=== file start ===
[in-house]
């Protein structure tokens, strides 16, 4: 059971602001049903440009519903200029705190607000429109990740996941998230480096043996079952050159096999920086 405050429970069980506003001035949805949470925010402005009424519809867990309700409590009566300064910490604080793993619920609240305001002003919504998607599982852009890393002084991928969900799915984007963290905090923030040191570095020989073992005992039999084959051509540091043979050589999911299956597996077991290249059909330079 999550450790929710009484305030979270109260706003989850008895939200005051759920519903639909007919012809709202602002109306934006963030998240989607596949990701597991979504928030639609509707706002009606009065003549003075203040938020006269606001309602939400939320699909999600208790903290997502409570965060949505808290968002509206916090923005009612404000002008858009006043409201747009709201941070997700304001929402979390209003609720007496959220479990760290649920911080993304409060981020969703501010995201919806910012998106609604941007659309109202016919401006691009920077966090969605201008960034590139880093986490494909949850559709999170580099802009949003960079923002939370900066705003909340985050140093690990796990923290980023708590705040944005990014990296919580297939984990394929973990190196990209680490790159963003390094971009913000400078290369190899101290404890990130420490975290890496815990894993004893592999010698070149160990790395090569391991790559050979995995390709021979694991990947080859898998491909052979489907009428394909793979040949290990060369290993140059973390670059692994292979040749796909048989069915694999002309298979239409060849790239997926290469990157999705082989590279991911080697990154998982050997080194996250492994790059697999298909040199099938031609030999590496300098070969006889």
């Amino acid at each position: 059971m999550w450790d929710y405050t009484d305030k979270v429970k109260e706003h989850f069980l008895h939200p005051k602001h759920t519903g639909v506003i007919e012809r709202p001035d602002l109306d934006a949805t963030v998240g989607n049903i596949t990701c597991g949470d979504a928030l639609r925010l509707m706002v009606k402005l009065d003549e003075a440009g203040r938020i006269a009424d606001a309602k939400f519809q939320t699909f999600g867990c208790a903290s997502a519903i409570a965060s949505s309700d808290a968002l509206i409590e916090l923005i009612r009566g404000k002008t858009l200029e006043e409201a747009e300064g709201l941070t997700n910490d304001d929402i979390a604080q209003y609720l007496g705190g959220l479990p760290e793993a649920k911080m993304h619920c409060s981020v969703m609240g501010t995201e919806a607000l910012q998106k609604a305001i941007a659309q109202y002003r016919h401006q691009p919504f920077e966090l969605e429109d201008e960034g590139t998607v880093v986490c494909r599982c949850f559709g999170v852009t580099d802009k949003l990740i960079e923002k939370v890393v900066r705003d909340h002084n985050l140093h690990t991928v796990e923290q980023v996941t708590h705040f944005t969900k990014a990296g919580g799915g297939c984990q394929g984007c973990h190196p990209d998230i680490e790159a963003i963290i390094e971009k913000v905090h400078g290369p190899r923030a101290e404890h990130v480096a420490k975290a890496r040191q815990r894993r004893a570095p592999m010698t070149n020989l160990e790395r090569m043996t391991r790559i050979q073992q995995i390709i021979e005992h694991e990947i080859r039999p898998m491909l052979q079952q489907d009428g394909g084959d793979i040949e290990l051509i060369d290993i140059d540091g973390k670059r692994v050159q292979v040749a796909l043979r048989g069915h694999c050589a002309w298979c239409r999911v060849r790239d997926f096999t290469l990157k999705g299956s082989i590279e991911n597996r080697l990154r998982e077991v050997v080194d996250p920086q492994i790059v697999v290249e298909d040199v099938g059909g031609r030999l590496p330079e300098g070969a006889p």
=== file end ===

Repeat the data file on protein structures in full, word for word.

[in-house]
């Protein structure tokens, strides 16, 4: 059971602001049903440009519903200029705190607000429109990740996941998230480096043996079952050159096999920086 405050429970069980506003001035949805949470925010402005009424519809867990309700409590009566300064910490604080793993619920609240305001002003919504998607599982852009890393002084991928969900799915984007963290905090923030040191570095020989073992005992039999084959051509540091043979050589999911299956597996077991290249059909330079 999550450790929710009484305030979270109260706003989850008895939200005051759920519903639909007919012809709202602002109306934006963030998240989607596949990701597991979504928030639609509707706002009606009065003549003075203040938020006269606001309602939400939320699909999600208790903290997502409570965060949505808290968002509206916090923005009612404000002008858009006043409201747009709201941070997700304001929402979390209003609720007496959220479990760290649920911080993304409060981020969703501010995201919806910012998106609604941007659309109202016919401006691009920077966090969605201008960034590139880093986490494909949850559709999170580099802009949003960079923002939370900066705003909340985050140093690990796990923290980023708590705040944005990014990296919580297939984990394929973990190196990209680490790159963003390094971009913000400078290369190899101290404890990130420490975290890496815990894993004893592999010698070149160990790395090569391991790559050979995995390709021979694991990947080859898998491909052979489907009428394909793979040949290990060369290993140059973390670059692994292979040749796909048989069915694999002309298979239409060849790239997926290469990157999705082989590279991911080697990154998982050997080194996250492994790059697999298909040199099938031609030999590496300098070969006889």
């Amino acid at each position: 059971m999550w450790d929710y405050t009484d305030k979270v429970k109260e706003h989850f069980l008895h939200p005051k602001h759920t519903g639909v506003i007919e012809r709202p001035d602002l109306d934006a949805t963030v998240g989607n049903i596949t990701c597991g949470d979504a928030l639609r925010l509707m706002v009606k402005l009065d003549e003075a440009g203040r938020i006269a009424d606001a309602k939400f519809q939320t699909f999600g867990c208790a903290s997502a519903i409570a965060s949505s309700d808290a968002l509206i409590e916090l923005i009612r009566g404000k002008t858009l200029e006043e409201a747009e300064g709201l941070t997700n910490d304001d929402i979390a604080q209003y609720l007496g705190g959220l479990p760290e793993a649920k911080m993304h619920c409060s981020v969703m609240g501010t995201e919806a607000l910012q998106k609604a305001i941007a659309q109202y002003r016919h401006q691009p919504f920077e966090l969605e429109d201008e960034g590139t998607v880093v986490c494909r599982c949850f559709g999170v852009t580099d802009k949003l990740i960079e923002k939370v890393v900066r705003d909340h002084n985050l140093h690990t991928v796990e923290q980023v996941t708590h705040f944005t969900k990014a990296g919580g799915g297939c984990q394929g984007c973990h190196p990209d998230i680490e790159a963003i963290i390094e971009k913000v905090h400078g290369p190899r923030a101290e404890h990130v480096a420490k975290a890496r040191q815990r894993r004893a570095p592999m010698t070149n020989l160990e790395r090569m043996t391991r790559i050979q073992q995995i390709i021979e005992h694991e990947i080859r039999p898998m491909l052979q079952q489907d009428g394909g084959d793979i040949e290990l051509i060369d290993i140059d540091g973390k670059r692994v050159q292979v040749a796909l043979r048989g069915h694999c050589a002309w298979c239409r999911v060849r790239d997926f096999t290469l990157k999705g299956s082989i590279e991911n597996r080697l990154r998982e077991v050997v080194d996250p920086q492994i790059v697999v290249e298909d040199v099938g059909g031609r030999l590496p330079e300098g070969a006889p």